Extreme programming (XP) is a software development methodology which is intended to .. Extreme Programming Refactored: The Case Against XP, Apress. Extreme Programming Refactored: The Case Against XP (featuring Songs of the Extremos) takes a satirical look at the increasingly-hyped. Abstract. Extreme Programming Refactored: The Case Against XP Matt Stephens and Doug Rosenberg. Apress . pages.
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Extreme programming - Wikipedia
Yes, there are certainly some XPers who go a little bit overboard in their enthusiasm. Additionally, some of the "dogmatism" actually is born out of the need to extreme programming refactored to those who think extreme programming refactored they are doing XP because they write a unit test now and then and dropped drawing UML diagrams and writing specification documents.
Also, the simple desire to "drive things to the extremes" just to extreme programming refactored wether something usefull happens may often be perceived as dogmatism. The task for our pair was to add unit testing for a new menu condition that would affect eight menu items.
My partner, a junior, claimed he knew the code well and jumped straight to some testing code with eight blocks of code.
I didn't like it and said that all eight checks should be done in the one function, but I was told that this was the simplest thing possible. Now our extreme programming refactored was to do the simplest thing possible, so my partner duplicated the 8 tests, edited all 16 to cover the new condition, green-screened it, and checked it in.
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Our highlight at the next stand-up meeting was that "we have added eight new tests. Later that week someone discovered that the extreme programming refactored tested by our 16 tests was not actually called by the UI in determining menu item visibility.
Extreme Programming Refactored - Software Reality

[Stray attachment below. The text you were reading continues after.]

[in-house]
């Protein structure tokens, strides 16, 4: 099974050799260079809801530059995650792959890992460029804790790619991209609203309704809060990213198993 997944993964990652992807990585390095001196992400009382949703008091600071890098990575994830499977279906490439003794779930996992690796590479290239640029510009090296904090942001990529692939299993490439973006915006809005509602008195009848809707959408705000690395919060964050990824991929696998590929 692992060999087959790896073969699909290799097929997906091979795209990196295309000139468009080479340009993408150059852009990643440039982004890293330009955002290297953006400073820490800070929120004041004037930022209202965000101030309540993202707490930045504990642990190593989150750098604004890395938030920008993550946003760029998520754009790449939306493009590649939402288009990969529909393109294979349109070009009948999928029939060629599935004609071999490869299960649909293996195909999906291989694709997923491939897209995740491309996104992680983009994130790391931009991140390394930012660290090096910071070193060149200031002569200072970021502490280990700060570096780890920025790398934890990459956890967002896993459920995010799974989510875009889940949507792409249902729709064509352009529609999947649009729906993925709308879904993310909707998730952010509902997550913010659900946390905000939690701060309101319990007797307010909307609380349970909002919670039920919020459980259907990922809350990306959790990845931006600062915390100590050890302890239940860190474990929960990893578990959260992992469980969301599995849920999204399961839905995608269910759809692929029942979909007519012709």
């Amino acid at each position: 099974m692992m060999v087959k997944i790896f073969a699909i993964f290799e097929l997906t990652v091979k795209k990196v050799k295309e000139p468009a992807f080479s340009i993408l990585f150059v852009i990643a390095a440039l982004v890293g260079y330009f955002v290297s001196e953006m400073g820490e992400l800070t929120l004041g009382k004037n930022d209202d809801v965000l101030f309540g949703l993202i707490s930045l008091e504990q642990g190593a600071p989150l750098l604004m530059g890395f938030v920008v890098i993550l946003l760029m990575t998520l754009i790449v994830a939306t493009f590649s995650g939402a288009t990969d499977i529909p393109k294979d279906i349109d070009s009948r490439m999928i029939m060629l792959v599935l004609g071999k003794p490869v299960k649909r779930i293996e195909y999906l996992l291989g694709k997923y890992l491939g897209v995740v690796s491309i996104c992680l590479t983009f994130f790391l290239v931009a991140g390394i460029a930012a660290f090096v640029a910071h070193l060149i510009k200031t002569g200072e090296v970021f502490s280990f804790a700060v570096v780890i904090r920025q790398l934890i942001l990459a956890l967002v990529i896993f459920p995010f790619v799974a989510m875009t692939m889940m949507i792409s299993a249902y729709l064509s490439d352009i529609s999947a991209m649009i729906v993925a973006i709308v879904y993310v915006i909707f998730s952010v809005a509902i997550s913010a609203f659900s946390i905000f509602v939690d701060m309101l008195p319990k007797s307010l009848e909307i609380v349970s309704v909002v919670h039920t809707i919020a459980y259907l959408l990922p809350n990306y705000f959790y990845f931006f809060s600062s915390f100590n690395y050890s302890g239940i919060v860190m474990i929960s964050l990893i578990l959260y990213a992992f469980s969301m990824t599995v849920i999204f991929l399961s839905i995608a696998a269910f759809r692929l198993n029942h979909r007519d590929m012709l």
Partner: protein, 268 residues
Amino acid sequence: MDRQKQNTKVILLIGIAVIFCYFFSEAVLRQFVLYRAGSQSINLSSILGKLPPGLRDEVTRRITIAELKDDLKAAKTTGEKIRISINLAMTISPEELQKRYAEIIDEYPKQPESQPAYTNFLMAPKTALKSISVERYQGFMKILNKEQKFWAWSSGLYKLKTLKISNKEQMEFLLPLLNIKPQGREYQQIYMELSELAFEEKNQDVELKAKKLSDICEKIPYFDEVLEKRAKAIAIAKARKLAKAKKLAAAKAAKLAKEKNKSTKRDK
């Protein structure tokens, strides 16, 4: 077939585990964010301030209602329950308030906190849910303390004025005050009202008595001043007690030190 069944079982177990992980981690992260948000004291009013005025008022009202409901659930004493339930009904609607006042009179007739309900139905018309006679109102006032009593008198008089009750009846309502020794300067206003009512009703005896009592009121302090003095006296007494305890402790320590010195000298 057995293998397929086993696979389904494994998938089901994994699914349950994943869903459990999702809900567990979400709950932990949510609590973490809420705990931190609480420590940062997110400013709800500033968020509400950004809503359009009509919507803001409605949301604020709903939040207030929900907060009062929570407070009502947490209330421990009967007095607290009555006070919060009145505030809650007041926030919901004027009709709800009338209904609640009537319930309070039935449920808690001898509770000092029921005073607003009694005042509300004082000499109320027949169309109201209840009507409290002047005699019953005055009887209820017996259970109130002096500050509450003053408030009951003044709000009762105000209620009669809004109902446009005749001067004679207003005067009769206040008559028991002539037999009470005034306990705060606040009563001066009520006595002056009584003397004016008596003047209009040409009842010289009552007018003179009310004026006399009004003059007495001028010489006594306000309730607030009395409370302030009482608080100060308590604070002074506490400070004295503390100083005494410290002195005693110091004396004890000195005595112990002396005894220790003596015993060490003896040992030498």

Somehow, two XP highlights were a lowlight to me. Refactoring also runs the risk of introducing bugs into existing code. If you're extracting methods, introducing parameter classes, and generally moving things around, some pretty insidious bugs can quickly move in and make themselves at home. In XP, this danger is compensated for with the heavyweight practice of constant unit testing.
Make one small change, run the unit tests to get some assurance that you haven't extreme programming refactored anything, make another small change, and so on. In fact, because you're supposed to write the tests before you write the code in XP, the tests extreme programming refactored sometimes considered to be the design.
Extreme Programming Refactored: The Case Against XP - Doug Rosenberg, Matt Stephens - Google книги
This infinite extreme programming refactored of writing tests, writing code, running tests, and then refactoring is one of the reasons we describe the whole emergent design process as heavyweight: We've found it easier to spend time producing an up-front design, then produce the code to that design.
This leaves little need for refactoring of existing code, and you don't have to write tests for code that you're going to throw away. The problem is that unit tests catch certain types of code-level bugs, but they don't catch "wrongness" of a design.
Design correctness is a highly subjective thing, and arguments rage on Internet forums over the validity of extreme programming refactored design patterns particularly when it comes to designing enterprise systems.
It's a long way from being a perfect book - the attempts at humour more often than not fall very flat, with the rewritten songs being particularly cringeworthy, but if you skip over the songs and most of the clearly labelled satire, there are some very important lessons about the weaknesses extreme programming refactored XP and how to address them without losing all the benefits of a more agile development process.
IT folks will laugh out loud reading the songs and satire. This might make a great holiday gift for your favorite CTO.
Without code, there is no working product. Coding can also be used to figure out the most suitable solution.
Coding can also help to communicate thoughts about programming problems.